season is in. This is your job. This is
what is paying the bills for you and

on.
In college, the coaches, they try to
work with you and make sure that, as
much as possible, you can stay up on
your books and the classwork as well
as learning the game plan for that
coming week.
D: How would you compare (new
Giants coach) Dan Reeves and (pre-
vious coach) Ray Handley?
B: I really don't even know, be-
cause, to be honest, Dan has come in
and taken over so much. It's so posi-
tive that we have really just forgot
about the last two years. The only
thing we remember about the last two
years is that one year was 8-8, the
other was 6-10. He has changed so
much and has made it so positive for
us here that we don't even try to think
about the previous years.
D: How is Reeves' style and phi-
losophy different from othercoaches?
Is he more intense or laid-back?
B: As a coach, no.'That is the big-
gest difference that I have seen from
college to pro in the coaching style is
that, like I was telling you before, itis an

occupation and it's their job, it's your
job and there is not too much hollering,
period. There is no hollering because
these are grown men. We're grown
men being coached by grown men
whereas in college you have young
men being coached by men.
The difference is, you know, there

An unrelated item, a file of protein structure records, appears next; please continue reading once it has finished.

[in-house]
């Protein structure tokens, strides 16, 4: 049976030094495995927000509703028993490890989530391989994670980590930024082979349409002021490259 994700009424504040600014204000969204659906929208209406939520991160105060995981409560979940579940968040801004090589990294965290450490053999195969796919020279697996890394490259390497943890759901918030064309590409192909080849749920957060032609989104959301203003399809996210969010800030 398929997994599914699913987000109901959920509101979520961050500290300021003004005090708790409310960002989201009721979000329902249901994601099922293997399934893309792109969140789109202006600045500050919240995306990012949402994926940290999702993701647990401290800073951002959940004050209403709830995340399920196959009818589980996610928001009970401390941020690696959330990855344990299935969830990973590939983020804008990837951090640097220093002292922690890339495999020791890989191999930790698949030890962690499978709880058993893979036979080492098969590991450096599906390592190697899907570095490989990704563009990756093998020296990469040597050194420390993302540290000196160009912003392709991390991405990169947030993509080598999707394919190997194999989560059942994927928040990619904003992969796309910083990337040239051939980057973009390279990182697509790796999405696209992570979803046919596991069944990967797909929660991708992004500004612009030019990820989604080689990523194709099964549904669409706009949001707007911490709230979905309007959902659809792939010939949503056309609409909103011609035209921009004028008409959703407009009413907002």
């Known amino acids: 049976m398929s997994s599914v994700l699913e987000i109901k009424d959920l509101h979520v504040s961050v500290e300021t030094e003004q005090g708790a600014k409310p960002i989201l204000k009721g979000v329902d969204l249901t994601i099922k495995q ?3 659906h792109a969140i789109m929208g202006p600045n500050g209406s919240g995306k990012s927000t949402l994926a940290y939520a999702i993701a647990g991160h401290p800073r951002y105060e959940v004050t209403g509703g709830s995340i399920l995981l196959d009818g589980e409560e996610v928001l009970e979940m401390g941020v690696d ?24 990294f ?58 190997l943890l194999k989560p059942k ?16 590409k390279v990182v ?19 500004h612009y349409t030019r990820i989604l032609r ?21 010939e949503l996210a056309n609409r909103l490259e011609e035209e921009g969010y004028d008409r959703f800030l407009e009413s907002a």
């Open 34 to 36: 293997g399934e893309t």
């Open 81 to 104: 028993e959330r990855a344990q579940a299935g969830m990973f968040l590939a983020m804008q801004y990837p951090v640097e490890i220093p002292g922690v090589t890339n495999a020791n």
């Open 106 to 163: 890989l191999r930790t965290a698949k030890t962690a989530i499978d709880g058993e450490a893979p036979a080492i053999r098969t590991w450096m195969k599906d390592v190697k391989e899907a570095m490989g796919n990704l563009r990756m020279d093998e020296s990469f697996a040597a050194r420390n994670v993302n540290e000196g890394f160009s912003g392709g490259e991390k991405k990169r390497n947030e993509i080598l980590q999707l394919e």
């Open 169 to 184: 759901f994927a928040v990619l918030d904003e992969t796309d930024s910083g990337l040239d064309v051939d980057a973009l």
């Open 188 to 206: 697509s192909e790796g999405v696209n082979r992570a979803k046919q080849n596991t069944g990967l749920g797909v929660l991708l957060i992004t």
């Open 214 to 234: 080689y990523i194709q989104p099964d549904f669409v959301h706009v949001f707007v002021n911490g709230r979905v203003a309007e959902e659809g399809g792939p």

are some coaches on the staff that are
younger than some of the players.
Players have been playing for 14 years.
Phil Simms is 37 years old. We have
coaches on the team younger than 37.
But there is no hollering because
you're a man, they're a man.
Their job is to put you in the right
position. Your job is to do everything
you can to win by doing what the coach
tells you to do. If you have a problem
with what the coach tells you to do you
can say it. You can say, "Listen, I think
that this would work better." You have
that option to come to him as a man and
talk to him about it. In college, the
coaches told you to do this because
they've been around for so long.
They've been in the game for so
long and you're a young adult, some-
times coming from all over the coun-
try. You may be 18, 19 years old, 20
years old, 21 years old where you are
still learning.
'Sometimes they are
moving so quickly that
If you can get in front
of them and just block
them from getting the
tackle, you have done
your job.'
D: Do you keep in touch with
anybody from Michigan? The play-
ers or the coaches that you see around
the league?
B: The players, I see around the
league, yes. As a matter of fact, Chris
Calloway plays for us, and Bobby
Abrams played for us the first year
that I was here. Jumbo Elliot, he also
plays with the Giants
So in the last three years, I have
played with, on this team, three other
guys from Michigan that I played
with at Michigan.
D: Do you ever talk to any of the
coaches from Michigan?
B: No, I haven't, except for coach
Morrison, who recruits in this area.
Usually when he's in town recruiting,
which is usually during the summer, I
get a chance to talk to him.
D: What do you think of the cur-
rent Michigan team?
B: Surprising, very surprising.
Another surprise was that they were
favored to win the Big Ten again
when they lost the whole offensive
line and a quarterback and some spe-
cial teams players. I still thought that
they would have been able to play
better than they have been.
What I've been reading about
people leaving and quitting, it's been
surprising.

RYAN HERRINGTON
4 The R.H. Factor
OSU-Michigan week is a
reminder of family roots
r my family, it is that time of year again.
Sure the holidays are slowly approaching, but that is quite
secondary to what will transpire next Saturday at Michigan Stadium.